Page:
New York Opera Fest/ Regina Opera 2018-19 Review: Il Trovatore

A Stellar Cast Brings Verdi’s Popular Work To Life

By Logan Martell

As New York Opera Fest continues, audiences are treated to performances of vibrant contemporary works, as well as exciting classical ones. Regina Opera’s production of “Il Trovatore” serves as a strong example of the latter, favoring a traditional approach to staging that highlighted the unfolding musical drama while taking very little away. Add to this a passionate cast of artists and you have a highly-accessible work that can be enjoyed by newcomers to the genre and those more seasoned.

A Traditional Production

The sets bore a constant eeriness thanks to the use of red lightning, to bloody the sky and blur sense of time, and gnarled trees, creating a suitably grim atmosphere for the tragedy which befalls the characters. These details also serve as a reminder of the surrounding civil war. The costumes could be broken down into knights, nuns, gypsies, and rangers; scenes that featured the ensemble often carried a colorful mixture of these groups. Naturally pardoning the lack of actual fire, the only real shortcoming as far as the set came in Act two’s anvil chorus “Vedi le fosche notturne.” Opting instead for a more-portable pillar, the firm, wooden clacks this surface made lacked the satisfying metallic ring.

A Stellar Cast

In the role of Manrico, tenor Gerardo Gaytan carried a boldness that did not lack for vocal beauty. His offstage serenade to Leonora featured an ardent, spinto ending that justified the Count’s fears of a romantic rival. When both men had drawn their swords and readied to duel, Gaytan’s frequent glances to the conductor, coupled with the moment’s dramatic urgency, made it seem as if he were raring for the musical signal to cut down his fated enemy. With Galina Ivannikova’s Azucena, Gaytan took on a more deferent, almost-awed weight as he learned of his origin from his adopted mother. Manrico’s Act three cabaletta “Di quella pira,” carried urgent, fearful tones from Gaytan, with his strong conclusion earning a great reception.

As the gypsy Azucena, Galina Ivannikova exuded a vengeful gravity; her initial foreboding found expression with the canzone “Stride la vampa.” Phrases such as “The baleful flame rises to heaven,” were treated with an anguished, almost-shuddering vibrato; the full toll of this dreadful intensity was seen when Ivannikova is brought to the floor after revealing how she gave her own infant to the fire. As she has Manrico swear to murder the count, her frantic forte repetitions left no doubts about her bloodthirst.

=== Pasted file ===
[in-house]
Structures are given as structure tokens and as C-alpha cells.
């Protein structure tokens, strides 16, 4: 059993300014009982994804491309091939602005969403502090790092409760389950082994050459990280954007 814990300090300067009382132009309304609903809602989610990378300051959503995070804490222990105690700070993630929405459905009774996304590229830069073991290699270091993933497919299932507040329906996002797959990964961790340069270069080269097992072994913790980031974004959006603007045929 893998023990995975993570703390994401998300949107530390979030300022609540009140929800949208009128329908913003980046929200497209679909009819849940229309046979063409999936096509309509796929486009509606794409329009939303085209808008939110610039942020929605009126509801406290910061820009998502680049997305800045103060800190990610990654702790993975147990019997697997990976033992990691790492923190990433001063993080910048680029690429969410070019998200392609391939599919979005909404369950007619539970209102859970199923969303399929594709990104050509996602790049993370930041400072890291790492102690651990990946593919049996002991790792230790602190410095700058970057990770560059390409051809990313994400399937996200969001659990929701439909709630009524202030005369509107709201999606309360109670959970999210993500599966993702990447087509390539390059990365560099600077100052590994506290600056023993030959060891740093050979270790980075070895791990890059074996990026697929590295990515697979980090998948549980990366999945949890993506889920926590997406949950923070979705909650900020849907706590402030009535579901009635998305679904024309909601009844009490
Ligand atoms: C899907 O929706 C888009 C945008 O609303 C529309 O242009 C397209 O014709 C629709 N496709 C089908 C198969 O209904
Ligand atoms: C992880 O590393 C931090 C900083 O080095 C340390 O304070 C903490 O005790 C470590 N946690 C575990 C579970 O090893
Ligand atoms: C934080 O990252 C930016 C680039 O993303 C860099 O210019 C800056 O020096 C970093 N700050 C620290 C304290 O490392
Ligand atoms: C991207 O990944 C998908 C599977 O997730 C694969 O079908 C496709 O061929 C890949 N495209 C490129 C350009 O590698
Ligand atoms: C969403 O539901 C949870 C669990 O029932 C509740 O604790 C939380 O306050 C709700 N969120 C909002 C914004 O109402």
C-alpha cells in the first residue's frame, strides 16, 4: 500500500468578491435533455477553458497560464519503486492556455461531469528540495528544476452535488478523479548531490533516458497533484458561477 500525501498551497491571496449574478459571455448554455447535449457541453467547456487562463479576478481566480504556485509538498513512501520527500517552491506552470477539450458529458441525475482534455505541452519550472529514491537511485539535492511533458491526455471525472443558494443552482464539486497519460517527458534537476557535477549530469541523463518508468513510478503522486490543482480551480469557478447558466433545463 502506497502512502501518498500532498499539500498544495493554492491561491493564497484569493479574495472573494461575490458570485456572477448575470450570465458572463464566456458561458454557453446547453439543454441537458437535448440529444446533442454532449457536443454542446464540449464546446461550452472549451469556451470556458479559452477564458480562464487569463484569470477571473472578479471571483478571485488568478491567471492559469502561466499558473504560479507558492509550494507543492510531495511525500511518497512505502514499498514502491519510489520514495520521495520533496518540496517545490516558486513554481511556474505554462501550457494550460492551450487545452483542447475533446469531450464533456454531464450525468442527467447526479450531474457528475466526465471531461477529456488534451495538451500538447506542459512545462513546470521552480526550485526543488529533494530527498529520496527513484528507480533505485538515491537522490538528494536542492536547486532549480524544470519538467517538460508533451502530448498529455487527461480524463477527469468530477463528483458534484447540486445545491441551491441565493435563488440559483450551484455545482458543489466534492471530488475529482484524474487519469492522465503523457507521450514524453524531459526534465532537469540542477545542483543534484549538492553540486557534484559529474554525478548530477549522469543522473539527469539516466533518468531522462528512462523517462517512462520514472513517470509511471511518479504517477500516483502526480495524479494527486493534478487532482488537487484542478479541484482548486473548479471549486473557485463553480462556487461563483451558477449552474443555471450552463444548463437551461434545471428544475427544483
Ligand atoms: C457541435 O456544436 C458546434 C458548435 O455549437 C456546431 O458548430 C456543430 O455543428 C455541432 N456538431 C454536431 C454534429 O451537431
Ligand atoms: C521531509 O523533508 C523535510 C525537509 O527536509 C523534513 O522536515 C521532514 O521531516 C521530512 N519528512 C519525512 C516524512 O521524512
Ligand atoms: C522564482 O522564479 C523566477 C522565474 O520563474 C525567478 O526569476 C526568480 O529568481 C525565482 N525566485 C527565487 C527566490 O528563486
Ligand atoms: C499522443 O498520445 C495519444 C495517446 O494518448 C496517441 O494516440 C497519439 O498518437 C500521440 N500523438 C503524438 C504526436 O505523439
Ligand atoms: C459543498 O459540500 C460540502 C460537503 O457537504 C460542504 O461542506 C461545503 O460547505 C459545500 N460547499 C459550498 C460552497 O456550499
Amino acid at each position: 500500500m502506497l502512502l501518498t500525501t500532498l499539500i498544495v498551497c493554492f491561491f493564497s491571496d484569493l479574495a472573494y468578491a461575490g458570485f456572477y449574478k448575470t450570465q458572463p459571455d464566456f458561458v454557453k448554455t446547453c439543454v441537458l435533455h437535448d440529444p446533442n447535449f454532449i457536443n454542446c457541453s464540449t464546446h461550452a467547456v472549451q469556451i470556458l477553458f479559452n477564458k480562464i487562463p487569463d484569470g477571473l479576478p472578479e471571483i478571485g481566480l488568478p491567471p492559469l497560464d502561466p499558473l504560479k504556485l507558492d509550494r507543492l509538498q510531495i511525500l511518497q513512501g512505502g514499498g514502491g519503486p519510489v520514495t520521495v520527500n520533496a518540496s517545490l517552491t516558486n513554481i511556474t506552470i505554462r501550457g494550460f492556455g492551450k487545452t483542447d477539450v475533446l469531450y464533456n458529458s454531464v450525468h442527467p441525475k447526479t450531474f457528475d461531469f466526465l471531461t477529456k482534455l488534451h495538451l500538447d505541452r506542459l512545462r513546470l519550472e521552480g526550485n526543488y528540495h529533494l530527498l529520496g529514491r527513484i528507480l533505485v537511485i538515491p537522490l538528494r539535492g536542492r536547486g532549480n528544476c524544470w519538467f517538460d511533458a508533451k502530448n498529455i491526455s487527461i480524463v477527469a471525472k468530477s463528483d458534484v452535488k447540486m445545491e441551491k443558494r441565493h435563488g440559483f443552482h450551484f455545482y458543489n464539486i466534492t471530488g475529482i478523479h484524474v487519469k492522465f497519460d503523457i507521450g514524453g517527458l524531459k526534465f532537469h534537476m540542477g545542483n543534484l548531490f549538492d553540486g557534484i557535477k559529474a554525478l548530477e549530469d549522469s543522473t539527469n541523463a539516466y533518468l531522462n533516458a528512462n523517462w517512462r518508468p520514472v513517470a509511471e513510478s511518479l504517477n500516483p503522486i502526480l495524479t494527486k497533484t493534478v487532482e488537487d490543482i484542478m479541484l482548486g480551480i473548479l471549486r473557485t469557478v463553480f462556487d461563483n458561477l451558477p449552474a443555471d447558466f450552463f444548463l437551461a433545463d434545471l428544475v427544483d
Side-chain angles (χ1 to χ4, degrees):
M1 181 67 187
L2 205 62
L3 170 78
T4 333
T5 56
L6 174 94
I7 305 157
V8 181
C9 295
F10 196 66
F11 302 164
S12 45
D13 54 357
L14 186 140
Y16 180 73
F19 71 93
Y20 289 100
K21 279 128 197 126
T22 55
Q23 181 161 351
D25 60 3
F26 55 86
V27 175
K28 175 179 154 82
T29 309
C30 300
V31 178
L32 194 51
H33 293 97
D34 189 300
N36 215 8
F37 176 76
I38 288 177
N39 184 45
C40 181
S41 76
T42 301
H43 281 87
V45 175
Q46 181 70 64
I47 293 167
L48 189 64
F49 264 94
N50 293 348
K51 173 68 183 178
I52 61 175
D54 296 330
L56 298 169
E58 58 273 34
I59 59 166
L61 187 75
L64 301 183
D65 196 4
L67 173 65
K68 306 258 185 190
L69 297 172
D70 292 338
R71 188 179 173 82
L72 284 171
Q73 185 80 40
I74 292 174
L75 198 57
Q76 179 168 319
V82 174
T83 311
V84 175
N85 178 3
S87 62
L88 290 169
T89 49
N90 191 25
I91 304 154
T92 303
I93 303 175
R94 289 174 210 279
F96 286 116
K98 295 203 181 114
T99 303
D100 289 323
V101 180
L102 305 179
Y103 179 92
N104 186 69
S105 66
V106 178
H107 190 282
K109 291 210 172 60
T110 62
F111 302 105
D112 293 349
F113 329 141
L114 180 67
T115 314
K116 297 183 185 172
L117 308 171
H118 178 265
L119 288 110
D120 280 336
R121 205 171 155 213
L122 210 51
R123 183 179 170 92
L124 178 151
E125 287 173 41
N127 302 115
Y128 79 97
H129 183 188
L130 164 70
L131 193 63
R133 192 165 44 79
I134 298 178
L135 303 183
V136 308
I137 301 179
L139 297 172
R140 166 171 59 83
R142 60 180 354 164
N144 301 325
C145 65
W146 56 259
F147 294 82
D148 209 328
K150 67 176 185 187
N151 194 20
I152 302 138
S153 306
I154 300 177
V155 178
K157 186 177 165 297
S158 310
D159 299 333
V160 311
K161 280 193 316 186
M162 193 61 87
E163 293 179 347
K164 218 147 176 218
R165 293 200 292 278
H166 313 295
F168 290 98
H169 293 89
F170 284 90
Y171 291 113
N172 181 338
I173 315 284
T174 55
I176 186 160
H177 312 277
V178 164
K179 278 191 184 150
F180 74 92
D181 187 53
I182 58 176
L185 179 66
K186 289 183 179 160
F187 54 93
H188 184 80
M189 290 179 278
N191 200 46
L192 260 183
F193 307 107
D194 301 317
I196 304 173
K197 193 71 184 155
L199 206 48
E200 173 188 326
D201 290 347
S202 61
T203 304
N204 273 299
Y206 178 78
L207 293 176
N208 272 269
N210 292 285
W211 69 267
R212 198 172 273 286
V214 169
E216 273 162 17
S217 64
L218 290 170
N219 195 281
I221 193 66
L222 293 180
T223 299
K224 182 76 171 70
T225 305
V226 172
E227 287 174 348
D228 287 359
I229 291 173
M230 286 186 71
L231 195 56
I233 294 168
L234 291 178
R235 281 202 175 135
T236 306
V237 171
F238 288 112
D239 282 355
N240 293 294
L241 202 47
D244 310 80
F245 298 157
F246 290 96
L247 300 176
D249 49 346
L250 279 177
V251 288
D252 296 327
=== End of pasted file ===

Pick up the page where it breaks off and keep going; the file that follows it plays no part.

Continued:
In the role of Leonora, Dilara Unsal was often a source of great sonority; her Act one aria “Tacea la notte,” displaying a classic vocality as she highlighted phrases such as “like the fleeting image of a golden dream.” Rising to a fuller rejoicing, Unsal’s powerful cadenza saw her physically taken aback, creating the impression of breathlessness from her emotional outpouring. Her agile vocal leaps in and runs in the cabaletta “Di Tale amor,” however, proved she was anything but breathless. These qualities and more returned in Act four; joined by the plaintive lower woodwinds Unsal sighed away the phrases before her aria “D’amor sull’ali rosee,” which gave way to soft and sad ornaments. After resolving upon death to save Manrico, Unsal’s falling cadenza seemed to mourn all that she was losing before gorgeously rising above her sorrows.

Rounding out the main cast was Robert Garner as Count di Luna. While Garner maintained a dangerous edge towards Manrico, his interactions with Leonora suggested a genuine affection. His Act two aria “Il balen del suo sorriso,” carried tender, ornamented lines, and his pained expressions conveyed a need for healing love as he readied to abduct her from the convent. Just as convincing was his frustration upon losing Leonora yet again to Manrico, while the lovers escaped, the curtain fell with the count’s forces still on the offensive. This frustration was given full vent in his Act four encounter with Leonora; as he tensely paced around her, his phrase “the more you love him, the more my fury blazes,” strongly hinted at Leonora’s tragic offering of herself. All his intensity and anger was wonderfully undone when Azucena reveals his relation to the now-deceased Manrico; the horrified count fell to his knees while the gypsy rose triumphantly.

A Strong Supporting Cast

As Ferrando, bass Geeseop Kim skillfully delivered the expository number “Di due figli vivea padre beato,” carrying a strong, earthy timbre. His story rising to an exciting height as the gypsy enters to allegedly bewitch the count’s child, his somber descending lines worked well with the strings to highlight the sense of coming tragedy. His retinue of guards made for a lively chorus, with two sleeping off to the sides during the overture, they were often up to something to pass their time on the stage between moments of great intensity, such as engaging in a sparring match with staffs as the crowd entertained itself with the mismatched skills of the two fighting.

Two performances of Regina Opera’s “Il Trovatore” still remain, taking place on May 18 and with another cast on May 19. Audiences will find much to enjoy from the company’s traditional but satisfying take of Verdi’s tragedy.


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